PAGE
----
By Natalie Hendry
We spoke with Natalie Hendry about young people’s online media practices. Natalie is an education lecturer at Deakin University and PhD candidate in the School of Media and Communications at RMIT University. Her research explores social media cultures and young people’s media practices and experiences of mental illness. Natalie’s work draws on her experience as a teacher in both hospital and mainstream school settings.
Background to this study
Social media platforms make young people’s worlds visible, whether that be through sharing and tagging Instagram photos “on the go,” collecting and re-pinning images on Pinterest, or curating photo albums after special events on Facebook (Hjorth & Hendry, 2015, Scolere & Humphreys, 2015, Robards, 2012). Making sense of life through images is not new, although it is increasingly ubiquitous. Sociologist Martin Hand (2012:12) argues, as the proliferation of visual technologies “create a potentially ubiquitous photoscape with significant consequences, the ways in which images are produced, consumed, distributed and interpreted are tremendously diverse. Photography may be everywhere, but it is not everywhere in the same way.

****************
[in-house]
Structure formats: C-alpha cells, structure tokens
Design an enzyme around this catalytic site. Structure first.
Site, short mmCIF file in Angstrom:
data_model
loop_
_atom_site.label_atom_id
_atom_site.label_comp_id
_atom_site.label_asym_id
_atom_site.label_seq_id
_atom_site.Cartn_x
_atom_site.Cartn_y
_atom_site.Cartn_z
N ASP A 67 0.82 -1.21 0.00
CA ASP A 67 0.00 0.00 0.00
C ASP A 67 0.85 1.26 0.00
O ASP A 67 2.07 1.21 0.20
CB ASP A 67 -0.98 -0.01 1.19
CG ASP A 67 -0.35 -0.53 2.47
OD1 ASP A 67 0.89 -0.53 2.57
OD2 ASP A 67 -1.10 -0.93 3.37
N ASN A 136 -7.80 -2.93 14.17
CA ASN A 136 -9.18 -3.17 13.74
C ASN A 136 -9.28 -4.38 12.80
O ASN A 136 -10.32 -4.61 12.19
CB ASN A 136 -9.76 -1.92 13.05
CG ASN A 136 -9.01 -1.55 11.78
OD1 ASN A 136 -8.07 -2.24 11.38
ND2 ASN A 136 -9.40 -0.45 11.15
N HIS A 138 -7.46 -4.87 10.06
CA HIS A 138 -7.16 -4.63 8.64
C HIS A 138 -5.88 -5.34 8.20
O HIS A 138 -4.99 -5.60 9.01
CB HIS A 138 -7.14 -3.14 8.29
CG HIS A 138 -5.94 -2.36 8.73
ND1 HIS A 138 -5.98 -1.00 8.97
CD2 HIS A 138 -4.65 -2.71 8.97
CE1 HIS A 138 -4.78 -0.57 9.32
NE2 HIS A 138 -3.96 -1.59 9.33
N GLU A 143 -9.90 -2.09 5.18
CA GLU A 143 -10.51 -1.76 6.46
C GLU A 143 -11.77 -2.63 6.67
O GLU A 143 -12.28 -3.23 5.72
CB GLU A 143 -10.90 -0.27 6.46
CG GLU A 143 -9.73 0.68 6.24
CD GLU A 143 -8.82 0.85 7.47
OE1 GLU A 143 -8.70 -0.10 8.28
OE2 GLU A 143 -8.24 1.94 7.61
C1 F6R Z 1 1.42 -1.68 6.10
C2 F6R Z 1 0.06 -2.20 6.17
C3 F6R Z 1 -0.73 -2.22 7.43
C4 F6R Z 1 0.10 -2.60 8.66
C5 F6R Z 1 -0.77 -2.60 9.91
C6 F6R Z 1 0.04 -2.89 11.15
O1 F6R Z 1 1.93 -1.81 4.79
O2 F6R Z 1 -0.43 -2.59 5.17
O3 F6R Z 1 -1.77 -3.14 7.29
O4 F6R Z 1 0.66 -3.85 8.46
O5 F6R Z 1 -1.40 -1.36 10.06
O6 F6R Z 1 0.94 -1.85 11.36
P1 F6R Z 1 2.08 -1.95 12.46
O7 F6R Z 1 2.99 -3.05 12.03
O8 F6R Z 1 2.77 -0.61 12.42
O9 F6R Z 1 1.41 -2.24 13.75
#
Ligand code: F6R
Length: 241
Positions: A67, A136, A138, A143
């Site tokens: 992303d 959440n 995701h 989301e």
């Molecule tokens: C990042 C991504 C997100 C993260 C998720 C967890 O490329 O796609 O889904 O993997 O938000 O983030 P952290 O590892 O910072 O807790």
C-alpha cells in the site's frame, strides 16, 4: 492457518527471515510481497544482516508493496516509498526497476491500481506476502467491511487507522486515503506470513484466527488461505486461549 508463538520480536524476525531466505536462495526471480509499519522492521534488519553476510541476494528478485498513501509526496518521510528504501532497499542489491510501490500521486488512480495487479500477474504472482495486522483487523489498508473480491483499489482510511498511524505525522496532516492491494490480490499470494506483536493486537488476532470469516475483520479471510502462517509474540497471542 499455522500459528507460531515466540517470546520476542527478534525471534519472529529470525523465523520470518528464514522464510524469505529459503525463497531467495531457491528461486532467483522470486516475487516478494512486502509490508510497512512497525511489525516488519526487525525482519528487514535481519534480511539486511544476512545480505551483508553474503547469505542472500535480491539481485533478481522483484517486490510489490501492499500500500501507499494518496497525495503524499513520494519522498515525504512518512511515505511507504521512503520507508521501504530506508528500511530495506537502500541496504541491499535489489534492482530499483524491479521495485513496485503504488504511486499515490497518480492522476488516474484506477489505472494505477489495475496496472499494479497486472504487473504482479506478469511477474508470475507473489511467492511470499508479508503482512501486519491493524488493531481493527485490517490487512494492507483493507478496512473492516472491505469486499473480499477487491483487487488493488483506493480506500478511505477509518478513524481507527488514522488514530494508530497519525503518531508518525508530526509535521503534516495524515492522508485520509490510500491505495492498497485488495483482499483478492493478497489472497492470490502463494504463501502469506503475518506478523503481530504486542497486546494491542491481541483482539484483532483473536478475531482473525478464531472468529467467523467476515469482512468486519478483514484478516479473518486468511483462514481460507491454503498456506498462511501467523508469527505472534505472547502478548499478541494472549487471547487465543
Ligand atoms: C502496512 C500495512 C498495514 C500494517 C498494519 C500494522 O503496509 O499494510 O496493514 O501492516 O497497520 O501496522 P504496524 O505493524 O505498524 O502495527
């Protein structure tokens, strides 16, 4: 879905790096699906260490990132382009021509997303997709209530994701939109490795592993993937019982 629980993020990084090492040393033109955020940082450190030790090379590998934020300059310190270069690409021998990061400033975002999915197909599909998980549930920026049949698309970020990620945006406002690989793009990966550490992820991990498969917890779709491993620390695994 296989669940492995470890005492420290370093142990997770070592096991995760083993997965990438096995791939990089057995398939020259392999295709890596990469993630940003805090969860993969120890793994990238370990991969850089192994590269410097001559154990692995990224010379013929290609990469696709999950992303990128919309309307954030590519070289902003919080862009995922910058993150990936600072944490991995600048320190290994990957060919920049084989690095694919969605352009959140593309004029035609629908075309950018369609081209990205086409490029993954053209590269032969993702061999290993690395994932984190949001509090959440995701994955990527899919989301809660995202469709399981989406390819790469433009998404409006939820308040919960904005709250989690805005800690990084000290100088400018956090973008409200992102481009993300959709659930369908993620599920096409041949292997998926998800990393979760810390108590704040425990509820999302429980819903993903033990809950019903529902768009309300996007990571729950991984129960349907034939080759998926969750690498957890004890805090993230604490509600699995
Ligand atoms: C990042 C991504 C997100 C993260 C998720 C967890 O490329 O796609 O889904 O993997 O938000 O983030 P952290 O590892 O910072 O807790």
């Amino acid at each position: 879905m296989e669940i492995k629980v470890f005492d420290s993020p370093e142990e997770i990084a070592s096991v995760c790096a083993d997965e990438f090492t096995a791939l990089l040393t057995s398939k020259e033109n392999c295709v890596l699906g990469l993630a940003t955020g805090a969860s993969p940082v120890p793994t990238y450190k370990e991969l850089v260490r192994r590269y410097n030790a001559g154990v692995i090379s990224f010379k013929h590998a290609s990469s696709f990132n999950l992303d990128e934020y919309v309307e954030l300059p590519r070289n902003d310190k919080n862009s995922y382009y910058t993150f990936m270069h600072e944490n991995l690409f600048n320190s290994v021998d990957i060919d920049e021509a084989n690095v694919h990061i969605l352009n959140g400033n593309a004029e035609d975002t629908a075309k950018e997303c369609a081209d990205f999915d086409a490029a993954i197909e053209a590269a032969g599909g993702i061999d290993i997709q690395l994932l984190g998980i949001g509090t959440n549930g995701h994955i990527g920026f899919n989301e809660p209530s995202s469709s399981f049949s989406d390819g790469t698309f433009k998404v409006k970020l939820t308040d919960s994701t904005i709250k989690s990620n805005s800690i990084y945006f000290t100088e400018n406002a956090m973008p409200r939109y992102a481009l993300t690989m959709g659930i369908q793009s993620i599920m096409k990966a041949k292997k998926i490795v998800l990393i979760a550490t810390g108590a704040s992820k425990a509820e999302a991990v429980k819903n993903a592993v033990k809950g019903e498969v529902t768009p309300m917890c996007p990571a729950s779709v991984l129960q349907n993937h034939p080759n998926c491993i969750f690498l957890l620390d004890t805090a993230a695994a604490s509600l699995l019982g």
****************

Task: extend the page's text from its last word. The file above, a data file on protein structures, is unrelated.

Media studies consider the contexts of media and images, often through “media practices” – what people do and what it means (Couldry, 2012). Since 2013 I have been exploring these contexts through researching young women’s experiences of mental illness and recovery. This research is distinct in our field as it moves away from “media effects” – what impact media has on someone – to consider how media, young people and their social worlds are interconnected.
Four young women 14 to 17 years who were engaged with, and recruited via, a clinical adolescent mental health service in Melbourne participated in this in-depth ethnographic case study. The study explored the everyday media practices of these young women: what they did on social media, how and why they did this. To do this, the study incorporated a mixed methods approach including image collections, social media platform analyses, and semi-structured interviews involving digital platform ‘walk through’ activities over six months.
Participants self-reported anxiety disorder diagnoses, alongside other presentations including depression, deliberate self-harm, disordered eating and suicidal ideation. All described significant school absence, with some repeating senior years of schooling. Despite absenteeism, some continued to participate in theatre groups or learning new languages online. This presents a complex and nuanced picture about their capacity to engage socially and emotionally, while also successfully managing their anxiety in some spaces but not others.
Among the findings, two insights stood out:
- These young women were highly attuned to visibility on social media and beyond. There was a sense of concern around how they were visible to others and who was visible to them.
- By curating images on social media platforms that allowed anonymity, women felt relief from the pressures and frustrations associated with being visible and accountable to others. They were able to feel in control of who they were visible to through curation. Such platforms were recognised as creating communities of feeling.